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Companies of all types are dying off twice as fast as they did 30 years ago, according to a new analysis by the Boston Consulting Group.
The news is worse for publicly traded companies, which are dying off faster than ever, according to BCG.
The consulting firm analyzed patterns of entry, growth and exit for 35,000 companies listed on U.S. stock exchanges since 1950. The resulting report is titled “Die Another Day: What Leaders Can Do About the Shrinking Life Expectancy of Corporations.”
The phenomenon of short-lived companies exists in most industries, BCG found. Only a relative handful of companies make it past the 50-year mark.
Other findings include:
- In addition to dying younger, companies are more likely to perish at any point.
- One-tenth of public companies fail each year. That’s a fourfold increase since 1965.
- Public companies traded in the U.S. now have a five-year exit risk of 32 percent, compared with a 5 percent risk 50 years ago.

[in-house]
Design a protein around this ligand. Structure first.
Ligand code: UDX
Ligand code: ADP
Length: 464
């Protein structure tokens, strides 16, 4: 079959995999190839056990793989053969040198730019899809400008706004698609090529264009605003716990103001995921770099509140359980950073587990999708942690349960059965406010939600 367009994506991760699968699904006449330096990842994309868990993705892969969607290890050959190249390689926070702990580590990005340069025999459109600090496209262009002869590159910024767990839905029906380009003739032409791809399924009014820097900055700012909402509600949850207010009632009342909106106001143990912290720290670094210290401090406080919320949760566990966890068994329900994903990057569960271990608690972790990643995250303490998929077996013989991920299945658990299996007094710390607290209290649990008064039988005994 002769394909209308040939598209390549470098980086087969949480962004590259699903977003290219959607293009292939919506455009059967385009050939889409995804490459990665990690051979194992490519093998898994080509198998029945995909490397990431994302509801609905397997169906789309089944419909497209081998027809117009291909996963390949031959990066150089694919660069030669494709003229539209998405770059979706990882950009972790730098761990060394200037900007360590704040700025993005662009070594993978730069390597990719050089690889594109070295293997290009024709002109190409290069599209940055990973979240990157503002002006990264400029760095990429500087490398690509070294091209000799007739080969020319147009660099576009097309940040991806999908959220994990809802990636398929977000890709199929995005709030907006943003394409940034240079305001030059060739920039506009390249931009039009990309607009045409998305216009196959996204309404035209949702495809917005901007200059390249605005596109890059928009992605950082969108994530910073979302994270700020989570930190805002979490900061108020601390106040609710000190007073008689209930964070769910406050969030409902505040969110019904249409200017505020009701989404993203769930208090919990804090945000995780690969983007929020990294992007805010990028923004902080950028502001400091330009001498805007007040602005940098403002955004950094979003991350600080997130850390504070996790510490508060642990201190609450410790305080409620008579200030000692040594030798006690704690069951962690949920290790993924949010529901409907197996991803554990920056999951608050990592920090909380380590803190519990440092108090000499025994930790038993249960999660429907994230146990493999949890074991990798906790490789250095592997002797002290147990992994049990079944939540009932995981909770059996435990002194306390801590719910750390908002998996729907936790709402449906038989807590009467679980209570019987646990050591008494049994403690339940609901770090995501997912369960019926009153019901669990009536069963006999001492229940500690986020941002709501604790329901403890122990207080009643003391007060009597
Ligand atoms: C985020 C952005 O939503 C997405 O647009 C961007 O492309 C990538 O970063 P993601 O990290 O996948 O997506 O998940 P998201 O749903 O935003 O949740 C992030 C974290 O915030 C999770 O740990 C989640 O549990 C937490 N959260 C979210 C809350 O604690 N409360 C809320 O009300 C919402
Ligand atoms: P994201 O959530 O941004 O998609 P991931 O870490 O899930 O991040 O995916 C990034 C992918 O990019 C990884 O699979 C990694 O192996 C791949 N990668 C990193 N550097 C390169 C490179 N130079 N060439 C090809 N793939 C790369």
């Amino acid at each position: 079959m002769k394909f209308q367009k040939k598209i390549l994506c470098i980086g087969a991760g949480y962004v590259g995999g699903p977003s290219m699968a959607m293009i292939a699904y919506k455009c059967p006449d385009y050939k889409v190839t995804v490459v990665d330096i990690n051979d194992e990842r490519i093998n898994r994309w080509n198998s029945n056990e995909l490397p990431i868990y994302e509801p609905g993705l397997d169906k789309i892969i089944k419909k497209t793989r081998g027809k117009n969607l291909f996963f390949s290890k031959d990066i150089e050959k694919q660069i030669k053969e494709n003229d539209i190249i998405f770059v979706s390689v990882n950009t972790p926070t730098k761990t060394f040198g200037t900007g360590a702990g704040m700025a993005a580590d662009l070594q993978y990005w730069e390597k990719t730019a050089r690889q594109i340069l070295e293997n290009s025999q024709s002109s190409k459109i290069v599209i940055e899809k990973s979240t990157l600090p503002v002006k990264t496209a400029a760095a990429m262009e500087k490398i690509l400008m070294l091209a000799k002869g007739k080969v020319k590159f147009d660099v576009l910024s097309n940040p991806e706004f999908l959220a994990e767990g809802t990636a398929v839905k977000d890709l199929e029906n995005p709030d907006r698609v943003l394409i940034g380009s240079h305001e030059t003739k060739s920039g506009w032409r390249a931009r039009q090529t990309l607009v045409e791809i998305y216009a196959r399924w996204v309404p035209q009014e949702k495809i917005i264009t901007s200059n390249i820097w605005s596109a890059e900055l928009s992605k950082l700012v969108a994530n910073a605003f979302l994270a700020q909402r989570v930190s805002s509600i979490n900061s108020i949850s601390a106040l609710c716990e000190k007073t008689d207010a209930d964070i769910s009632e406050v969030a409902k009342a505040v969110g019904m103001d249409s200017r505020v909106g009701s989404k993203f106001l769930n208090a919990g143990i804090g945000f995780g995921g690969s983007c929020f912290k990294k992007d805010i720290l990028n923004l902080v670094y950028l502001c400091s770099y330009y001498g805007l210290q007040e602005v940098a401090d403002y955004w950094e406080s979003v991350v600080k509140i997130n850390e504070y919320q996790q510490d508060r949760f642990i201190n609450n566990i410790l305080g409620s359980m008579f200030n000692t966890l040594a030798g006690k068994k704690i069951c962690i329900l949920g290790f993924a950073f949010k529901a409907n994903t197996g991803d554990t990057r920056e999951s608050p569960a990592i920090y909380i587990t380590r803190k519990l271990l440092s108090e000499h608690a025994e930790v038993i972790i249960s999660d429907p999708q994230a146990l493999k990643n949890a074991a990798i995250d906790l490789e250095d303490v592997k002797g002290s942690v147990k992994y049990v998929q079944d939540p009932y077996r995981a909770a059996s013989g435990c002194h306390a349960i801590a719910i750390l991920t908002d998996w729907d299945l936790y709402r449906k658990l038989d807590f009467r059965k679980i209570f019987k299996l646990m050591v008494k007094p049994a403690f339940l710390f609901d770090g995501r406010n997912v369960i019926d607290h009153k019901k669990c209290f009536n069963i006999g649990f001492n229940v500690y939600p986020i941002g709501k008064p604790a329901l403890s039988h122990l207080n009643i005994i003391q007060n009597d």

- Mortality risk has grown for companies of all sizes and ages. Even the largest companies face higher exit rates today.
BCG traced the origin of the problem back to the venture-capital funding booms of the mid-1980s and mid- to late-1990s, when many smaller and younger companies entered the public markets.
For a variety of reasons, such companies had more than a 25 percent higher risk of failure than the average company. But those that survived became serious competitors for newer companies, “driving up the death rate among medium-size and large established companies,” BCG reports.
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